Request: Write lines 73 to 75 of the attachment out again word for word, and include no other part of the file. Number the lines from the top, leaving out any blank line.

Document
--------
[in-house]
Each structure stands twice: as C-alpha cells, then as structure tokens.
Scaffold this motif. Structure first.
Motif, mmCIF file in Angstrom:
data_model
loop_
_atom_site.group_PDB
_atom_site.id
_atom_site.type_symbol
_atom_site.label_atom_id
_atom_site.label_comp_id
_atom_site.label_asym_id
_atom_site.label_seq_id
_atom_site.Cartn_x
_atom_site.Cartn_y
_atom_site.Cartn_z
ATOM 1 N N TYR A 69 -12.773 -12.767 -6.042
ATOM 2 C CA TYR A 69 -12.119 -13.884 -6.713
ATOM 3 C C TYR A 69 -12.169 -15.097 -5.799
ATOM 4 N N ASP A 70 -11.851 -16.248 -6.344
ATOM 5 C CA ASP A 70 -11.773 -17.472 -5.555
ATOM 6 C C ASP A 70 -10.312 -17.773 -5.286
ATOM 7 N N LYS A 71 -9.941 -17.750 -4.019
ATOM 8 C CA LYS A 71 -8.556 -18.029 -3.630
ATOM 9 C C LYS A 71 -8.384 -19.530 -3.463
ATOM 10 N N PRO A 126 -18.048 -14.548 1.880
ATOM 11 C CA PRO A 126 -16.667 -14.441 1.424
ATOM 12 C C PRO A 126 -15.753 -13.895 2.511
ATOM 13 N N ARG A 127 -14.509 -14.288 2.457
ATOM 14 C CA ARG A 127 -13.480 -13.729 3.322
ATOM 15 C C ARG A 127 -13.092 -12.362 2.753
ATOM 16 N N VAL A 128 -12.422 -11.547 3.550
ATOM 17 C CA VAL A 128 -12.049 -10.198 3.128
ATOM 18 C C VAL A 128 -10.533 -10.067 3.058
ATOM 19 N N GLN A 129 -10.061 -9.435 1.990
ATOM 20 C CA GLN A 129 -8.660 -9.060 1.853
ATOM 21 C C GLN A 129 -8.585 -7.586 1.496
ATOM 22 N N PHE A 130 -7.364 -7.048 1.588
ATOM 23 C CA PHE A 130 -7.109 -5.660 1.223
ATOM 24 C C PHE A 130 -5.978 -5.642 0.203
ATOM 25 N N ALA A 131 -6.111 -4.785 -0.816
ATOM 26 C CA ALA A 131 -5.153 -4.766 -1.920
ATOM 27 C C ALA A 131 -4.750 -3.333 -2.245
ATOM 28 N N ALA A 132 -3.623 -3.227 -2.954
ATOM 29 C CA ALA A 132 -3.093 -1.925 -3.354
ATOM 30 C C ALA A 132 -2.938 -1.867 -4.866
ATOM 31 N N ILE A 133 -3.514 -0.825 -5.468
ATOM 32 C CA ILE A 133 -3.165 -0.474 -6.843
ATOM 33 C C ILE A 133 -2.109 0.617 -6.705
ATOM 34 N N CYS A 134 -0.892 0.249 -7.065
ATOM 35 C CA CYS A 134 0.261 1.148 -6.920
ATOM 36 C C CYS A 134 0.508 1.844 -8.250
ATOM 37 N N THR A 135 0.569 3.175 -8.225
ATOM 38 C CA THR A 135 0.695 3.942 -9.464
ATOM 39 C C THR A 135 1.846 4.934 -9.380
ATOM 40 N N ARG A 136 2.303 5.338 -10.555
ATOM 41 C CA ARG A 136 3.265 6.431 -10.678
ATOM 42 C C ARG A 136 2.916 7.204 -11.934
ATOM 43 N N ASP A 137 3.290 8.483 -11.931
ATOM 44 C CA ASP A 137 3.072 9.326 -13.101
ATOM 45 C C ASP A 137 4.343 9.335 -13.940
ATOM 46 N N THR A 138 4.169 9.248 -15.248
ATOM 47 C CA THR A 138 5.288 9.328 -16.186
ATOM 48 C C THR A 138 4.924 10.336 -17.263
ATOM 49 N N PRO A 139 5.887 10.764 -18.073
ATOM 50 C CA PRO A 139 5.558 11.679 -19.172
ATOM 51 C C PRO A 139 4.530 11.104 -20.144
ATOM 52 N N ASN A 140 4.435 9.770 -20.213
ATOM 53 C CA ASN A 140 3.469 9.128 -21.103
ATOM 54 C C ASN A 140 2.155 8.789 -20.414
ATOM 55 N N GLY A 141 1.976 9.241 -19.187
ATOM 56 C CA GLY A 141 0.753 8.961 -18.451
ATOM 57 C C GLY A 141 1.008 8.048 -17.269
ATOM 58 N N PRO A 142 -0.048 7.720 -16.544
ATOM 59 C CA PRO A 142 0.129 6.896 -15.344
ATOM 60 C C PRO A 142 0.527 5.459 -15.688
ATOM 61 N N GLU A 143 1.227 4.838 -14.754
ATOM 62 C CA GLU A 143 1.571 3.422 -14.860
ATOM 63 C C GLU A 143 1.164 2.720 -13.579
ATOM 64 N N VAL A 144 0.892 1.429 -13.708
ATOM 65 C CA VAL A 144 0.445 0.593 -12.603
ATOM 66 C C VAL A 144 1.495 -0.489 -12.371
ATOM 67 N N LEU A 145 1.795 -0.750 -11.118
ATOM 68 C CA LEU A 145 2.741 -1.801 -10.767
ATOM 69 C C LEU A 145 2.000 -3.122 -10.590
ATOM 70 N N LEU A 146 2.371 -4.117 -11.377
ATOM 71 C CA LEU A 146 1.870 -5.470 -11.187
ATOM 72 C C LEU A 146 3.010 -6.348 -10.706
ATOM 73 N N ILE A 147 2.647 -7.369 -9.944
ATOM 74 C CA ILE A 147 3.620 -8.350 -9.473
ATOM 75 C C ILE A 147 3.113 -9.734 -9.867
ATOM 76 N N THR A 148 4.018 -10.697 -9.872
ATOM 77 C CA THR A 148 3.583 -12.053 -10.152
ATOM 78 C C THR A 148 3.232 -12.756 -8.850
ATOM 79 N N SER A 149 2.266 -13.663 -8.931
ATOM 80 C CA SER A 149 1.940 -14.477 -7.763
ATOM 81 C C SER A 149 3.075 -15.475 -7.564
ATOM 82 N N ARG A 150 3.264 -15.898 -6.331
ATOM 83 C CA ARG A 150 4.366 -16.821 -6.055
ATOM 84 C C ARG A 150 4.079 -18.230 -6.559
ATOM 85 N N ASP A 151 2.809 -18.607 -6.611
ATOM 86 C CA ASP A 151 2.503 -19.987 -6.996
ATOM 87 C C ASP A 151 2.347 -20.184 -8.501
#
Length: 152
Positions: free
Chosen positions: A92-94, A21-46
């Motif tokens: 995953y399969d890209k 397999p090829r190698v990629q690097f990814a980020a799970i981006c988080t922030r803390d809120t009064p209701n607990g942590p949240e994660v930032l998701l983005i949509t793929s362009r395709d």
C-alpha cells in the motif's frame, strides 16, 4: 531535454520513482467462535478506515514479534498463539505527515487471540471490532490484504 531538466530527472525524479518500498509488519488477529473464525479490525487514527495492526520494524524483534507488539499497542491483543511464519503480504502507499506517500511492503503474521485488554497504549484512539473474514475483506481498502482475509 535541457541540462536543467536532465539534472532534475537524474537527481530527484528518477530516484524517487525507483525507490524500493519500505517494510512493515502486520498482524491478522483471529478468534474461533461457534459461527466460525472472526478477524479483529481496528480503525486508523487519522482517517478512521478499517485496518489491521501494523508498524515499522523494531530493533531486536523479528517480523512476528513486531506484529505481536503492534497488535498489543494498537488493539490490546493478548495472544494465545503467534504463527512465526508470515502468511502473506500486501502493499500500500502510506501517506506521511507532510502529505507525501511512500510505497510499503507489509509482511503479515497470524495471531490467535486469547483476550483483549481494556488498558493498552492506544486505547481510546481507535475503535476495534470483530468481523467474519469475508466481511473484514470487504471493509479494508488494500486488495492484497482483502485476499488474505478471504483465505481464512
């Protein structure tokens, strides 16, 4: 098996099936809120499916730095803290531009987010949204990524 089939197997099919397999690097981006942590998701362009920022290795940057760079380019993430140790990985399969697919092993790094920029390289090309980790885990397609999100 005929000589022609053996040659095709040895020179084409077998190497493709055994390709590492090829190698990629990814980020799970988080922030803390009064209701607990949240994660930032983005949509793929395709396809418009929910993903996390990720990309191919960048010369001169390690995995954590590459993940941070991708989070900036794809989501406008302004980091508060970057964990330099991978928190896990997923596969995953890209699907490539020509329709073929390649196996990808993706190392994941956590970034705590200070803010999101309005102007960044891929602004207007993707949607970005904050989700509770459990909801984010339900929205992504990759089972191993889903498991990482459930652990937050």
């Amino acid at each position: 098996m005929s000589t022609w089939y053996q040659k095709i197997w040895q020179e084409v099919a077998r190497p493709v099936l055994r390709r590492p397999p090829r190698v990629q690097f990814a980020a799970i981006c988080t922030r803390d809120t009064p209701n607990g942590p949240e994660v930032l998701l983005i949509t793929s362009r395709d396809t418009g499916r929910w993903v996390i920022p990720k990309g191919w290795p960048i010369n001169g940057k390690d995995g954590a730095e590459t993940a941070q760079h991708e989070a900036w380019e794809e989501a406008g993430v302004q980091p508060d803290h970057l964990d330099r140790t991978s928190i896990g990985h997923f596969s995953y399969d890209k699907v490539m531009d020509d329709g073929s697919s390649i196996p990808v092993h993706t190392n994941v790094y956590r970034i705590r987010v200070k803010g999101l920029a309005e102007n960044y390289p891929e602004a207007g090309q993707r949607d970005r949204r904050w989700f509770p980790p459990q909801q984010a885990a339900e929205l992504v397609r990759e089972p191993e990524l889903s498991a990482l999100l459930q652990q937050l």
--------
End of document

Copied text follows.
ATOM 57 C C GLY A 141 1.008 8.048 -17.269
ATOM 58 N N PRO A 142 -0.048 7.720 -16.544
ATOM 59 C CA PRO A 142 0.129 6.896 -15.344